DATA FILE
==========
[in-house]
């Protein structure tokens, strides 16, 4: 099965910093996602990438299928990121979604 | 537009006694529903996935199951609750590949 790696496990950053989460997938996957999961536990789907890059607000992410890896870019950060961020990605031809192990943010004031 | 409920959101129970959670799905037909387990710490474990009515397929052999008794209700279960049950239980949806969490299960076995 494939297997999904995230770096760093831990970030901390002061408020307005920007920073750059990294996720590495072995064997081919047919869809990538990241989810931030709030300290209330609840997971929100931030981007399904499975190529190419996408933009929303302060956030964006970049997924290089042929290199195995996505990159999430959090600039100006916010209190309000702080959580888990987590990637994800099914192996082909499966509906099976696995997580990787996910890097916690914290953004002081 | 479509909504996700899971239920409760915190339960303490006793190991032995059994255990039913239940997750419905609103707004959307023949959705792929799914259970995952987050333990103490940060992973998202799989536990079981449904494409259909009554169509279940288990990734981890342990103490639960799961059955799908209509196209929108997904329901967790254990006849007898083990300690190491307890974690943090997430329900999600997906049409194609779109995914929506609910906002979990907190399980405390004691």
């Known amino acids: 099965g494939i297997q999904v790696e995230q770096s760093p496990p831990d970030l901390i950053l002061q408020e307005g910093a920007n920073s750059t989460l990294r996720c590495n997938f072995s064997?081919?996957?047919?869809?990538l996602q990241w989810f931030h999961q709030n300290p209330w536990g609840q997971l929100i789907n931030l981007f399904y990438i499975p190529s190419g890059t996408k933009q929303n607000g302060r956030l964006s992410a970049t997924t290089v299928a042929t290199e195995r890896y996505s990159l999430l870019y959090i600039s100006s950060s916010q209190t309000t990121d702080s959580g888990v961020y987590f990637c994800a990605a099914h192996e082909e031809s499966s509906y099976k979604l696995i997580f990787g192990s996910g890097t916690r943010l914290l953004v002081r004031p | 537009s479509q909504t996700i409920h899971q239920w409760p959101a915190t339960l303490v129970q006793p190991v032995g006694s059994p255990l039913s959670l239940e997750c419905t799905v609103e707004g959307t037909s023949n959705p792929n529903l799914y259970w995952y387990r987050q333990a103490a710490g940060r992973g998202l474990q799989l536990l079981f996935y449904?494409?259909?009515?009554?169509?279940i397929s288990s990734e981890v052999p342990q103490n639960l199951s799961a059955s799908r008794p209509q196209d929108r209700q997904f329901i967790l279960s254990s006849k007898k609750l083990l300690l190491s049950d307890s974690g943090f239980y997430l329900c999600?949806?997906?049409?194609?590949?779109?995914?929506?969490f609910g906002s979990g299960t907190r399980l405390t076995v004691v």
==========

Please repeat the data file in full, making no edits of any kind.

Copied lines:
[in-house]
């Protein structure tokens, strides 16, 4: 099965910093996602990438299928990121979604 | 537009006694529903996935199951609750590949 790696496990950053989460997938996957999961536990789907890059607000992410890896870019950060961020990605031809192990943010004031 | 409920959101129970959670799905037909387990710490474990009515397929052999008794209700279960049950239980949806969490299960076995 494939297997999904995230770096760093831990970030901390002061408020307005920007920073750059990294996720590495072995064997081919047919869809990538990241989810931030709030300290209330609840997971929100931030981007399904499975190529190419996408933009929303302060956030964006970049997924290089042929290199195995996505990159999430959090600039100006916010209190309000702080959580888990987590990637994800099914192996082909499966509906099976696995997580990787996910890097916690914290953004002081 | 479509909504996700899971239920409760915190339960303490006793190991032995059994255990039913239940997750419905609103707004959307023949959705792929799914259970995952987050333990103490940060992973998202799989536990079981449904494409259909009554169509279940288990990734981890342990103490639960799961059955799908209509196209929108997904329901967790254990006849007898083990300690190491307890974690943090997430329900999600997906049409194609779109995914929506609910906002979990907190399980405390004691």
């Known amino acids: 099965g494939i297997q999904v790696e995230q770096s760093p496990p831990d970030l901390i950053l002061q408020e307005g910093a920007n920073s750059t989460l990294r996720c590495n997938f072995s064997?081919?996957?047919?869809?990538l996602q990241w989810f931030h999961q709030n300290p209330w536990g609840q997971l929100i789907n931030l981007f399904y990438i499975p190529s190419g890059t996408k933009q929303n607000g302060r956030l964006s992410a970049t997924t290089v299928a042929t290199e195995r890896y996505s990159l999430l870019y959090i600039s100006s950060s916010q209190t309000t990121d702080s959580g888990v961020y987590f990637c994800a990605a099914h192996e082909e031809s499966s509906y099976k979604l696995i997580f990787g192990s996910g890097t916690r943010l914290l953004v002081r004031p | 537009s479509q909504t996700i409920h899971q239920w409760p959101a915190t339960l303490v129970q006793p190991v032995g006694s059994p255990l039913s959670l239940e997750c419905t799905v609103e707004g959307t037909s023949n959705p792929n529903l799914y259970w995952y387990r987050q333990a103490a710490g940060r992973g998202l474990q799989l536990l079981f996935y449904?494409?259909?009515?009554?169509?279940i397929s288990s990734e981890v052999p342990q103490n639960l199951s799961a059955s799908r008794p209509q196209d929108r209700q997904f329901i967790l279960s254990s006849k007898k609750l083990l300690l190491s049950d307890s974690g943090f239980y997430l329900c999600?949806?997906?049409?194609?590949?779109?995914?929506?969490f609910g906002s979990g299960t907190r399980l405390t076995v004691v």